Newspaper article THE JOURNAL RECORD

Is It Finally Time to Get an ARM?

Newspaper article THE JOURNAL RECORD

Is It Finally Time to Get an ARM?

Article excerpt

NEW YORK -- With interest rates moving higher in recent months, bringing with them the cost of borrowing to buy a home, adjustable rate mortgages have been getting more notice.

The mortgages commonly known as ARMs now comprise 30 percent of the home mortgage market, up from 25 percent last fall and 8 percent a year ago, according to the mortgage company Freddie Mac. But financial advisers say that despite the fact that ARMs are initially cheaper than fixed-rate mortgages, in the long run they probably are not the best deal for most homebuyers.

"Go with the fixed-rate if at all possible in this environment," is the advice from E. Martin von Kanel, a certified financial planner in Torrance, Calif.

At Freddie Mac, deputy chief economist Frank Nothaft said, "We expect fixed-rate mortgages to remain relatively affordable. I don't think we're going to see them spike up any time soon."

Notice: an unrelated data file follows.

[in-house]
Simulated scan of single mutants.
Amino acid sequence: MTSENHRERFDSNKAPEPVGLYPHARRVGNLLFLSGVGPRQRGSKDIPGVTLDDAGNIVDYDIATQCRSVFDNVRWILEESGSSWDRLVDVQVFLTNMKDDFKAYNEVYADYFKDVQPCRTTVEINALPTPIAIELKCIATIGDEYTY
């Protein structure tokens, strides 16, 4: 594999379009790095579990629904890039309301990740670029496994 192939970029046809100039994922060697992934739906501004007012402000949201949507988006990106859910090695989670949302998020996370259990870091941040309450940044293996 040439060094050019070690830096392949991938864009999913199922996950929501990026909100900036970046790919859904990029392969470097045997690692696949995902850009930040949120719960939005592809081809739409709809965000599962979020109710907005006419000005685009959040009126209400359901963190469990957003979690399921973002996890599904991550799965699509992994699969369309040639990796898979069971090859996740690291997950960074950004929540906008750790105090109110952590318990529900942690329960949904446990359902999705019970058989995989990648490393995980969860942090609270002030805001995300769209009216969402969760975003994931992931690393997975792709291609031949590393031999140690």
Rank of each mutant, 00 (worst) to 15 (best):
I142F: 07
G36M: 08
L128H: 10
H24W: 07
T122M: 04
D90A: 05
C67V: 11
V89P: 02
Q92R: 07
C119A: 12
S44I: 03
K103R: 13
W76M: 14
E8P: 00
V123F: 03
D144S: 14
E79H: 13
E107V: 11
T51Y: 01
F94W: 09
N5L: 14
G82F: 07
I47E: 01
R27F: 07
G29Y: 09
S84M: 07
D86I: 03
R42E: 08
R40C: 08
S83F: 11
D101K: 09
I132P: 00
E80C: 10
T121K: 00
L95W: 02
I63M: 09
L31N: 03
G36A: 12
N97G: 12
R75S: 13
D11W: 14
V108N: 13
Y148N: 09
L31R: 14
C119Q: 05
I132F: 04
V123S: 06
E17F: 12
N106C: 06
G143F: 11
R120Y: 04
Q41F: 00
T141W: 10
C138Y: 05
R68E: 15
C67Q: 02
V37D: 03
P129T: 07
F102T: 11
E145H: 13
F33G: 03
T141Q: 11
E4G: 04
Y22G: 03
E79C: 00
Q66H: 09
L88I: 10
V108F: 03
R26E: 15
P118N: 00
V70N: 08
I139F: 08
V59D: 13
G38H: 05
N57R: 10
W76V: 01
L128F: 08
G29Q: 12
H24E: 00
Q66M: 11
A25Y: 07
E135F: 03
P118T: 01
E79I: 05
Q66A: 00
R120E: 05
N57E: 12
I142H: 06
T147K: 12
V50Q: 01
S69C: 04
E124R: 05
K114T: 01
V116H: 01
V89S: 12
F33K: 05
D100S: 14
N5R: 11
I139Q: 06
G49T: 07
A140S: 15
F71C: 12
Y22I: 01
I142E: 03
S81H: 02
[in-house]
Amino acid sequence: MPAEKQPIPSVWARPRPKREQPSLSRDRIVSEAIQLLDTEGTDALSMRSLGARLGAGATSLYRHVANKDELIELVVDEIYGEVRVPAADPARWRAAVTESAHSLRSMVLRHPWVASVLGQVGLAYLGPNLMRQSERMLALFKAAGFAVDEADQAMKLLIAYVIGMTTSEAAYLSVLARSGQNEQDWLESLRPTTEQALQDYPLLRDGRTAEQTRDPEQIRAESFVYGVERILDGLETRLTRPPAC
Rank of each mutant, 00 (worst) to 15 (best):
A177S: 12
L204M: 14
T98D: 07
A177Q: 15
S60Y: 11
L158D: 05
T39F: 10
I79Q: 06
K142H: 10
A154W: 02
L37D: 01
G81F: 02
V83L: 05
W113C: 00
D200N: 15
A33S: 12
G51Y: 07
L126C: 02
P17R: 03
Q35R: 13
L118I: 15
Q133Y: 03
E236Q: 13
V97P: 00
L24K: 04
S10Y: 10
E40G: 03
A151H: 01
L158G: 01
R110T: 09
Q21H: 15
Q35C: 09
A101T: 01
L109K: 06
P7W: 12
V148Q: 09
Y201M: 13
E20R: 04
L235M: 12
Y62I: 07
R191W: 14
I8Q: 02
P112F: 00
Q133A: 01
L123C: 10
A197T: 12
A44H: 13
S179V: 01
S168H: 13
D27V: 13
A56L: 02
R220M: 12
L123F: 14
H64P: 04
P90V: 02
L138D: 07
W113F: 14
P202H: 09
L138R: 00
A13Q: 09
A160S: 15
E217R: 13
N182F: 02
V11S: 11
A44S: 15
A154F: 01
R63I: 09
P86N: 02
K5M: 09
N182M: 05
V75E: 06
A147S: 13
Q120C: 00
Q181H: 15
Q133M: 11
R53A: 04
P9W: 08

With an ARM, the interest rate is set for a specified time, such as a year, three years or five years. At the end of that period, the rate is adjusted upward or downward, and will continue to be adjusted from that point on, usually annually.

Home buyers tend to lean more toward ARMs and away from fixed- rate mortgages as interest rates rise. Five years ago, when the interest on fixed-rate mortgages hovered around 9 percent, many lenders were offering ARMs with a starting rate of about 5 percent, and ARMs had about 40 percent of the market.

The two types of mortgages differ because their rates are calculated in divergent ways. ARMs are usually tied to an index of short-term bonds, most notably the one-year Treasury bill, while fixed-rate mortgages are pegged to longer-term securities, such as the 10- or 30-year Treasury bonds. Short-term interest rates tend to be lower than long-term rates.

These days, there's only about a 1.5 percentage point difference between adjustable and fixed-rate loans. The average rate on a 30- year fixed-rate mortgage stood at 8.06 percent at the end of 1999, according to Freddie Mac. The average initial rate on one-year ARMs was 6.56 percent.

Economists expect interest rates to rise further at least in the early part of 2000, as the Federal Reserve continues its fight against higher inflation. …

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